Writing Center The CASA Writing Center at TAMUCC, located in Room 112 of the Glasscock Student Success Center, provides free help for students at any stage of their writing process. Writing Consultants are trained to support writers in planning, outlining, drafting, organizing, and/or revising their writing and are also knowledgeable in citing sources in various documentation styles used in academic writing. It offers both face-to-face and online appointments for both undergraduate and graduate students. The Writing Center works closely with faculty across the TAMUCC campus to understand writing in different disciplines and to help students meet these expectations. The Writing Center encourages students to make a 30-minute appointment; however, if Writing
Consultants are available, they do accept walk-in appointments. Visit http://casa.tamucc.edu/wc.php to create an account using your @islander.tamucc.edu email address. Once you have an account, you can log-on to make an appointment.
If there is a crisis that prevents you from meeting a deadline or attending class, you can request an extension to complete or turn the work in late. The approval of an extension is entirely at my discretion and will depend on the reason for your absence, your record of completion of work, and attendance. All extensions must be confirmed by email. Please NEVER hesitate in asking, we might seem intimidating but as teachers we have learned to be flexible with due dates.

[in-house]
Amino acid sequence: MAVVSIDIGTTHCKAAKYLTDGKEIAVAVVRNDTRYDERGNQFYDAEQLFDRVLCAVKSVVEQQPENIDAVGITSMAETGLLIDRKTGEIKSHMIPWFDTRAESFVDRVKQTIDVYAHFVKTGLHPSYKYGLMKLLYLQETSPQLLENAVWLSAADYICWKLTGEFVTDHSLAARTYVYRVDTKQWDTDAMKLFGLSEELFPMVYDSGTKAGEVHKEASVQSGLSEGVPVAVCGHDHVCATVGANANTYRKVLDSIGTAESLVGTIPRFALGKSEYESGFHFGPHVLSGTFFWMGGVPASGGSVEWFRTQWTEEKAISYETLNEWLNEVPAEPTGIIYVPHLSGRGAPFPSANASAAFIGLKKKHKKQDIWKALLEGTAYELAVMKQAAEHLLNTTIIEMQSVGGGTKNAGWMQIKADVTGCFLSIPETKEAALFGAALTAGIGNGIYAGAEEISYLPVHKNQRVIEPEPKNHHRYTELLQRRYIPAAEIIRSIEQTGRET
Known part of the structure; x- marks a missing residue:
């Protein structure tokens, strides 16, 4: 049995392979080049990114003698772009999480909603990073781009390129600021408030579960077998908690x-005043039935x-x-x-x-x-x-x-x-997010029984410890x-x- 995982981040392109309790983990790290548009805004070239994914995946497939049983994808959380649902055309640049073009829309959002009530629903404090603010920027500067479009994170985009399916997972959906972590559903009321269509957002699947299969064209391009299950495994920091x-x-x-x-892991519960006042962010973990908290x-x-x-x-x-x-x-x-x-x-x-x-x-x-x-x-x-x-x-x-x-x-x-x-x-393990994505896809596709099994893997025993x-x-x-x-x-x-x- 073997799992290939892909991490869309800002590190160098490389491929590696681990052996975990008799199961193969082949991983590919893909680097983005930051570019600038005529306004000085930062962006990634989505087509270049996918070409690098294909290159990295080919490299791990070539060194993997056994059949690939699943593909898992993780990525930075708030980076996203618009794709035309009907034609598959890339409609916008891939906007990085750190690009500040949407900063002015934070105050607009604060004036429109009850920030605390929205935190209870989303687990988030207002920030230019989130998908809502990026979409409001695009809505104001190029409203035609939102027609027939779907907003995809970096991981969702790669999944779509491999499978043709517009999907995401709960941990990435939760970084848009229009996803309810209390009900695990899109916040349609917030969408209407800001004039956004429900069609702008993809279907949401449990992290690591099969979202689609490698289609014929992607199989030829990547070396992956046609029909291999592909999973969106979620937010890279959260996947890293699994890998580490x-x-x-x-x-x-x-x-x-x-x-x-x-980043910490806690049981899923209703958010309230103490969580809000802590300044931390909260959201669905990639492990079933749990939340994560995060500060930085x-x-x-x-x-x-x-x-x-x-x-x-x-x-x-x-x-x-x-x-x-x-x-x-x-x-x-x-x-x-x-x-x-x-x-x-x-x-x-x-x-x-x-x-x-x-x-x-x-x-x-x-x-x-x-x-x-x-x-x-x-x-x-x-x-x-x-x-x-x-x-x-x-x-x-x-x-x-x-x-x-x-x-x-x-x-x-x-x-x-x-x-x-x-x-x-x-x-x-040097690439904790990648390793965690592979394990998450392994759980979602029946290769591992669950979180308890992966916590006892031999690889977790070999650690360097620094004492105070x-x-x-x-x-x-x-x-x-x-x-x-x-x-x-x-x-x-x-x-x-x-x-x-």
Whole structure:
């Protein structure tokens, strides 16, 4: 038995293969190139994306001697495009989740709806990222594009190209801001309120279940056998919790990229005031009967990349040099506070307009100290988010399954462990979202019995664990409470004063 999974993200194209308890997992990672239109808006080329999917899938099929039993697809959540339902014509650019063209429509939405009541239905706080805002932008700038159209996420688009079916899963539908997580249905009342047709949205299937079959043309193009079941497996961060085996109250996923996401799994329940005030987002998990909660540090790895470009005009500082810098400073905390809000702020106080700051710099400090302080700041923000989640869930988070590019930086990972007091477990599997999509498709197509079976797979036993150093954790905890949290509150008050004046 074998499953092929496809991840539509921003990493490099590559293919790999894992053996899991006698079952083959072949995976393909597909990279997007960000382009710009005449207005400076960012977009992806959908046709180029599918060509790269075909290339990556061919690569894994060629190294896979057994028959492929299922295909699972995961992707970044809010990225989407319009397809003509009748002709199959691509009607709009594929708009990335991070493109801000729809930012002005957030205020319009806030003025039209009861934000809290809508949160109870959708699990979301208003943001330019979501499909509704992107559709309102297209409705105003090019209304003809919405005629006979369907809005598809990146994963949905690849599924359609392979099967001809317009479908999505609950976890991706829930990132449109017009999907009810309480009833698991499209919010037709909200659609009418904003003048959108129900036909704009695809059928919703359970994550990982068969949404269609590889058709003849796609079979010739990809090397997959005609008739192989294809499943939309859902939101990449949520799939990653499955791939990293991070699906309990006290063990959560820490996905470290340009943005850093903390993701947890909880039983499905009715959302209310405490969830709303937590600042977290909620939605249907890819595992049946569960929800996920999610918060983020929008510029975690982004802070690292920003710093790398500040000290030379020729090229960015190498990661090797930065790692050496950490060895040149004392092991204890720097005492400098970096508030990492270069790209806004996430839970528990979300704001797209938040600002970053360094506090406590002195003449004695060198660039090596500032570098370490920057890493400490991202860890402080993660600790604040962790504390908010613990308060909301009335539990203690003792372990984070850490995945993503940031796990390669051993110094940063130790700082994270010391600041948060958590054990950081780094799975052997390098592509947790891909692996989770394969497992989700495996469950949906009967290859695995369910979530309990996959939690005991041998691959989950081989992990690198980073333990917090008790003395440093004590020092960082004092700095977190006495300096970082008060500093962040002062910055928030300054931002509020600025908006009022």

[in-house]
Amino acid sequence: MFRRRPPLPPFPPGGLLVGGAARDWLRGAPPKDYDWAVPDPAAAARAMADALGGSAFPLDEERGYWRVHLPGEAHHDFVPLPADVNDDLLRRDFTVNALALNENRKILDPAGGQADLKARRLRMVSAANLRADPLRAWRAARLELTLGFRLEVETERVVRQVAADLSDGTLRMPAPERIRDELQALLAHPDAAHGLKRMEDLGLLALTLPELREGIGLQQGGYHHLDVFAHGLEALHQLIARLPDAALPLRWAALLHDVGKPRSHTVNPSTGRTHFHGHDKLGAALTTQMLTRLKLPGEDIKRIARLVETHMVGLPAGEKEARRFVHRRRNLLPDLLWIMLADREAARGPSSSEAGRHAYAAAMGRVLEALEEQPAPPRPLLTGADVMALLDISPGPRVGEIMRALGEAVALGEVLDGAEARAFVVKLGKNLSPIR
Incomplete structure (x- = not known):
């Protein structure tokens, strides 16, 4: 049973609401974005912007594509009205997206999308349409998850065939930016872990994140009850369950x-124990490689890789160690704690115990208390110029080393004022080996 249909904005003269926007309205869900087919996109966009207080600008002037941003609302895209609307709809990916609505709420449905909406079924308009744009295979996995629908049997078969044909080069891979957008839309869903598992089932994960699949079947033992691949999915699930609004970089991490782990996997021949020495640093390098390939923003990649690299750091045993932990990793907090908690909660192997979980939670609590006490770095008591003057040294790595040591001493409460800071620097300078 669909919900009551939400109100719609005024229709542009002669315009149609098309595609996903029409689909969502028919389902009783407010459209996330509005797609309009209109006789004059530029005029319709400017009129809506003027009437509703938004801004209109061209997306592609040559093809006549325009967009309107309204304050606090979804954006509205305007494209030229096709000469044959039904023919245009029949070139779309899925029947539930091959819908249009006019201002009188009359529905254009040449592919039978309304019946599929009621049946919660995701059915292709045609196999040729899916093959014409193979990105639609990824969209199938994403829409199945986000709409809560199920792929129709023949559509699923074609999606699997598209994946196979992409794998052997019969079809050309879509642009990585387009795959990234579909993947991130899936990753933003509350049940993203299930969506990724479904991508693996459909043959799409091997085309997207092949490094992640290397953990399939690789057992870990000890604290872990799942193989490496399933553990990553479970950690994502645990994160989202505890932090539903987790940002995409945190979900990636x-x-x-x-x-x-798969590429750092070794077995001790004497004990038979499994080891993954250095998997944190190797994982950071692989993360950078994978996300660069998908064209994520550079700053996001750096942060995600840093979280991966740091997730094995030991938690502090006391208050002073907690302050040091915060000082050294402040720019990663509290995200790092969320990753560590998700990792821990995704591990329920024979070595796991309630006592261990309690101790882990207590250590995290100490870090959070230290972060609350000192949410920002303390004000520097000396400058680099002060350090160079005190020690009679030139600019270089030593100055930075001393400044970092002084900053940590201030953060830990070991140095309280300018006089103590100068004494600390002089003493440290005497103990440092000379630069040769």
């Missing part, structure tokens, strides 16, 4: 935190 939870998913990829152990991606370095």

Definition: In an instructional setting, plagiarism occurs when a writer deliberately uses someone else’s language, ideas, or other original (not common-knowledge) material without acknowledging its source. This definition applies to texts published in print or on-line, to manuscripts, and to the work of other student writers. Most current discussions of plagiarism fail to distinguish between:
1. Submitting someone else’s text as one’s own or attempting to blur the line between one’s own ideas or words and those borrowed from another source, and
2. Carelessly or inadequately citing ideas and words borrowed from another source.
Such discussions conflate plagiarism with the misuse of sources. Ethical writers make every effort to acknowledge sources fully and appropriately in accordance with the contexts and genres of their writing. (Quoted from “Defining and Avoiding Plagiarism: The WPA Statement on Best Practices”)
Plagiarism is a serious violation of departmental and University policies, but it is sometimes difficult to understand what plagiarism actually is. Often, students commit unintentional plagiarism (not citing sources properly, for example), because they are unaware of the expectations and conventions for particular situations. Plagiarism includes:
- Using the work of another as your own,
- Downloading or purchasing ready-made essays off the web and using them as your own,
- Using resource materials without correct documentation,